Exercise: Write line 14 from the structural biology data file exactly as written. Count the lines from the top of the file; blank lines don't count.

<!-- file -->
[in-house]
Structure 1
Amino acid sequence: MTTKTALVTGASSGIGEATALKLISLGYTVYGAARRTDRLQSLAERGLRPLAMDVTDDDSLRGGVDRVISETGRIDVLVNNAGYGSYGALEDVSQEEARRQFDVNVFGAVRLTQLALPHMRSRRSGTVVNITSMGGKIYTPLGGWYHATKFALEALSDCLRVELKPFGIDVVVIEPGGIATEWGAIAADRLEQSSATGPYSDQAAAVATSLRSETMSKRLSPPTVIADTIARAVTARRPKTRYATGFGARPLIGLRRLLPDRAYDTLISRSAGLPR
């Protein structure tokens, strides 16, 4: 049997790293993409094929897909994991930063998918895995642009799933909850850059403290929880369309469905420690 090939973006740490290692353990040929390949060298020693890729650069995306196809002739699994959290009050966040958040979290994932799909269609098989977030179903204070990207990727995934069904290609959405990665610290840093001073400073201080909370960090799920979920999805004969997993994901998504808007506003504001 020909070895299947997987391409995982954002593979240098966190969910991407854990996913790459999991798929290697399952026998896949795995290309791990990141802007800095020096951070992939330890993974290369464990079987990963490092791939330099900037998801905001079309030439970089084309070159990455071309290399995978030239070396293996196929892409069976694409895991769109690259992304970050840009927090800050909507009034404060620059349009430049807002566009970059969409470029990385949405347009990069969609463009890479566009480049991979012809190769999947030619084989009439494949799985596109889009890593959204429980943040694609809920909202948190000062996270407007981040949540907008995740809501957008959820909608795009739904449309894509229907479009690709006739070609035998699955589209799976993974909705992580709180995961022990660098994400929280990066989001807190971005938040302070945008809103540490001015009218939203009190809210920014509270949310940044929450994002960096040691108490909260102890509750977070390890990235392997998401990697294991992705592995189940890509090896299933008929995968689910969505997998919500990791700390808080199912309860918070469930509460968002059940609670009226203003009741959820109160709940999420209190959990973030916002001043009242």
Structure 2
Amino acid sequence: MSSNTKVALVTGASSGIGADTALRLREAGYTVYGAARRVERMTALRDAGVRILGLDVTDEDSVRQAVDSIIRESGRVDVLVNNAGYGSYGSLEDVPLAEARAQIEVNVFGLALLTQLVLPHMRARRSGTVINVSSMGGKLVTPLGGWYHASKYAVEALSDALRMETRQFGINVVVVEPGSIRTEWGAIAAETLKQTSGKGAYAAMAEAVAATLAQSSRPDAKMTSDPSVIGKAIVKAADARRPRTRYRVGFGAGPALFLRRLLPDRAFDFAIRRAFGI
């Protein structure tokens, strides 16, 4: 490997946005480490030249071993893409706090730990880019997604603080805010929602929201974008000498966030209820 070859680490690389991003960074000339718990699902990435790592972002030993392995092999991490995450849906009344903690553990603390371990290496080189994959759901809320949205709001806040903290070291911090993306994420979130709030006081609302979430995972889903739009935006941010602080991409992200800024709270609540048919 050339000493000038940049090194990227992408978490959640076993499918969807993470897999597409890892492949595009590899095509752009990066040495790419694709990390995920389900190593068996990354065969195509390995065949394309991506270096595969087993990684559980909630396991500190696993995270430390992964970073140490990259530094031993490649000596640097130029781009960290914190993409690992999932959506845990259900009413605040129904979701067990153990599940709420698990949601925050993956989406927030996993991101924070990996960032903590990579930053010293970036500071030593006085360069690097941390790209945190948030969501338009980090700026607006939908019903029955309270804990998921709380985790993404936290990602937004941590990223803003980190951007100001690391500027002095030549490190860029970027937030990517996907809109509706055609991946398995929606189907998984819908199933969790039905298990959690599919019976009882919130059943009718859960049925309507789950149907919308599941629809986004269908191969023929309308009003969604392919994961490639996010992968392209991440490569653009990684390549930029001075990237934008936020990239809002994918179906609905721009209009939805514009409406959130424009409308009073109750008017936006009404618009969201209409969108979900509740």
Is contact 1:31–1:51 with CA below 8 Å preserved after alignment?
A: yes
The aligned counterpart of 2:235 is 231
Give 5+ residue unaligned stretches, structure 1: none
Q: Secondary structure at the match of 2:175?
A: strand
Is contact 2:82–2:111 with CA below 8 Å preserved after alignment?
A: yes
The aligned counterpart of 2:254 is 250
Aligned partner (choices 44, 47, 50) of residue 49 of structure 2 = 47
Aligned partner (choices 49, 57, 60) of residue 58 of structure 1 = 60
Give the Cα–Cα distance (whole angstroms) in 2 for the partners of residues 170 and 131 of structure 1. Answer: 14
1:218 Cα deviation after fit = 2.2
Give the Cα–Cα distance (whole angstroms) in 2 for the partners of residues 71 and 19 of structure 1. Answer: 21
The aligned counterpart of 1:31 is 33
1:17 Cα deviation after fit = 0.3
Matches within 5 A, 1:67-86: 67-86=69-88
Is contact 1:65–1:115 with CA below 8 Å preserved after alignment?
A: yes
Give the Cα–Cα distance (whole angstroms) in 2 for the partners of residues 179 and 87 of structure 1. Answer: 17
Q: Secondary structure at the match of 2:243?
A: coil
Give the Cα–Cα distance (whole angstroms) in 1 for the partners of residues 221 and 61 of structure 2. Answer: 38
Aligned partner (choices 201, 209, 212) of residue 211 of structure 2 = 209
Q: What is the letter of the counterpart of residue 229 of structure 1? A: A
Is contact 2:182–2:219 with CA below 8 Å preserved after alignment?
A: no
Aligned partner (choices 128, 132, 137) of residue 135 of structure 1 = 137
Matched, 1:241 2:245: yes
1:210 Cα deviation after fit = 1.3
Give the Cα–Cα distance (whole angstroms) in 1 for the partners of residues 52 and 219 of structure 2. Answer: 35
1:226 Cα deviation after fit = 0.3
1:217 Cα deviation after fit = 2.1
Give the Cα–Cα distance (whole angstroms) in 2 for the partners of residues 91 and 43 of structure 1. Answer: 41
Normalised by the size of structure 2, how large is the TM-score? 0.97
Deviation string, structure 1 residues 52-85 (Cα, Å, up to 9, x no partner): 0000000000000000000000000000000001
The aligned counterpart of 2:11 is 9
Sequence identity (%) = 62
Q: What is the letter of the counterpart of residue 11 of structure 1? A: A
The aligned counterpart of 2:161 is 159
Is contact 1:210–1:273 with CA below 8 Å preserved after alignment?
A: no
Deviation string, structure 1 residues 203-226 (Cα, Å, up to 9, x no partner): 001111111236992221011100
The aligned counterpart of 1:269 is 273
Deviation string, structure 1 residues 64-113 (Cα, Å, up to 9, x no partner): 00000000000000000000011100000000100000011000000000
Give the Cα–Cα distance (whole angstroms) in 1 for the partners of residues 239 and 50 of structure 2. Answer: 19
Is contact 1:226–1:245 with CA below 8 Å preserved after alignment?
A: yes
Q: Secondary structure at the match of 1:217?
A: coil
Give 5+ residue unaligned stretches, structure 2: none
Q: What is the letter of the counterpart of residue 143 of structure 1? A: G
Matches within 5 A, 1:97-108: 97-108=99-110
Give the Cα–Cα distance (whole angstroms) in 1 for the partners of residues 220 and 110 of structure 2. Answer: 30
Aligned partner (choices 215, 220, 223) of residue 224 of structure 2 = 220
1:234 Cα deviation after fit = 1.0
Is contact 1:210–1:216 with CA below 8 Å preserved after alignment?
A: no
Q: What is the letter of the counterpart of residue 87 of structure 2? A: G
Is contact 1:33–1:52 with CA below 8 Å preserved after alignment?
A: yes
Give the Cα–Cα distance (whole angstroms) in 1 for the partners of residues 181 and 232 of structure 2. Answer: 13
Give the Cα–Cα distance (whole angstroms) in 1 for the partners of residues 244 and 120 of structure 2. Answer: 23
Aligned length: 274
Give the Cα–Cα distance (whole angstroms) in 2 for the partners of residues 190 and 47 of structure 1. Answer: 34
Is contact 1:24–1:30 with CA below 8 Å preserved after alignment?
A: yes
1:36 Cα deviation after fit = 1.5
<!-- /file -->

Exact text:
Is contact 2:82–2:111 with CA below 8 Å preserved after alignment?